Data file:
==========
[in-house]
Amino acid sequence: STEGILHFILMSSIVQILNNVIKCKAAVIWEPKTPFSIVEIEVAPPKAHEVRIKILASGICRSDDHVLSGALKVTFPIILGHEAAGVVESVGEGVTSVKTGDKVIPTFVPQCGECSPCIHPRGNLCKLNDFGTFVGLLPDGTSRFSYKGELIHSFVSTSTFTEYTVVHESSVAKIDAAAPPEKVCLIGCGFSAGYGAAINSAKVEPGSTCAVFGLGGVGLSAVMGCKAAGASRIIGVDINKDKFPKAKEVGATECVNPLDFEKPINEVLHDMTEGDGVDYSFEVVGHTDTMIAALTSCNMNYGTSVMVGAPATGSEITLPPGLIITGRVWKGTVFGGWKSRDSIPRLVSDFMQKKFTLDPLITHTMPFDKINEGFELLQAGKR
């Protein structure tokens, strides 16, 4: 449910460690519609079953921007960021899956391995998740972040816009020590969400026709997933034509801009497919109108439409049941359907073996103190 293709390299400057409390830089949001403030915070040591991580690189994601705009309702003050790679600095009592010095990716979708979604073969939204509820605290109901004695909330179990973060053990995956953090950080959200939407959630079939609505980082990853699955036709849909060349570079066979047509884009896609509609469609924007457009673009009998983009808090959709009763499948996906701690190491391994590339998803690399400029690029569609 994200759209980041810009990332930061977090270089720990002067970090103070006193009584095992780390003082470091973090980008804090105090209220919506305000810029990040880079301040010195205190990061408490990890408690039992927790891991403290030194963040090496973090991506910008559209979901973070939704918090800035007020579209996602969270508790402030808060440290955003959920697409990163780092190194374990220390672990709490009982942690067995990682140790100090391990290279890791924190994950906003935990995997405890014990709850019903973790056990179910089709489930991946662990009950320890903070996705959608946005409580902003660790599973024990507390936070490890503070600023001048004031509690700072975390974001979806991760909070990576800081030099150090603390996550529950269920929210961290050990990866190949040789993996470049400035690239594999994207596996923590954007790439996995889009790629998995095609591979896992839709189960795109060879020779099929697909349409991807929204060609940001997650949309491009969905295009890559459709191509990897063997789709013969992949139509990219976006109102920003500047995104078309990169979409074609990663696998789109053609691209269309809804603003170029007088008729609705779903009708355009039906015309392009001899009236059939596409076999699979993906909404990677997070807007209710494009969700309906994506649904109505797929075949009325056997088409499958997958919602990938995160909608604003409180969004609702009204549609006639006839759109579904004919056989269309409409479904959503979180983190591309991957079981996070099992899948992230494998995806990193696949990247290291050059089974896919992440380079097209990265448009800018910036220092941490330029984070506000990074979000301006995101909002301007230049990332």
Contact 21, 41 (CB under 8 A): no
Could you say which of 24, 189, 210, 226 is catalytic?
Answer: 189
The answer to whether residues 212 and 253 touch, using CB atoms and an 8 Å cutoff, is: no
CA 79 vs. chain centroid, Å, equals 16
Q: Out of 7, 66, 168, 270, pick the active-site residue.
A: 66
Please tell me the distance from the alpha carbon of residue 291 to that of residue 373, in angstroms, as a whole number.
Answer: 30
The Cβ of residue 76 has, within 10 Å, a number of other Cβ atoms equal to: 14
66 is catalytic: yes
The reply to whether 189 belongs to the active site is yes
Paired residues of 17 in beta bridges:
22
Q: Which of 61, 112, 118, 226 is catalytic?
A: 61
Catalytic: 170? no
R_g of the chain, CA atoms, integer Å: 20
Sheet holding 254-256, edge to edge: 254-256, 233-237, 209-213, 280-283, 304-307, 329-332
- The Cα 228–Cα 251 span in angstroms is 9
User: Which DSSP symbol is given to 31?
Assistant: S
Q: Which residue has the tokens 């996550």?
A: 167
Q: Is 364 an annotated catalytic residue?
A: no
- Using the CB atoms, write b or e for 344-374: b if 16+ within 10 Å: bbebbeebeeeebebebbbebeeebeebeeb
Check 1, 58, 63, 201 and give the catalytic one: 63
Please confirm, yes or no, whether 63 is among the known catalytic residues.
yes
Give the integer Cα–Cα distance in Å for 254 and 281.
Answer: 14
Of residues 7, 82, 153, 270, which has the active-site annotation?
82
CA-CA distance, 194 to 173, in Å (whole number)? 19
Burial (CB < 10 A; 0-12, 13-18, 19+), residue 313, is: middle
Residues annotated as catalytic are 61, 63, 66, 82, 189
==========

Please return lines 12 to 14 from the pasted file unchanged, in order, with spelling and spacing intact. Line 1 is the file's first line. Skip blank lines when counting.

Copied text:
Answer: 30
The Cβ of residue 76 has, within 10 Å, a number of other Cβ atoms equal to: 14
66 is catalytic: yes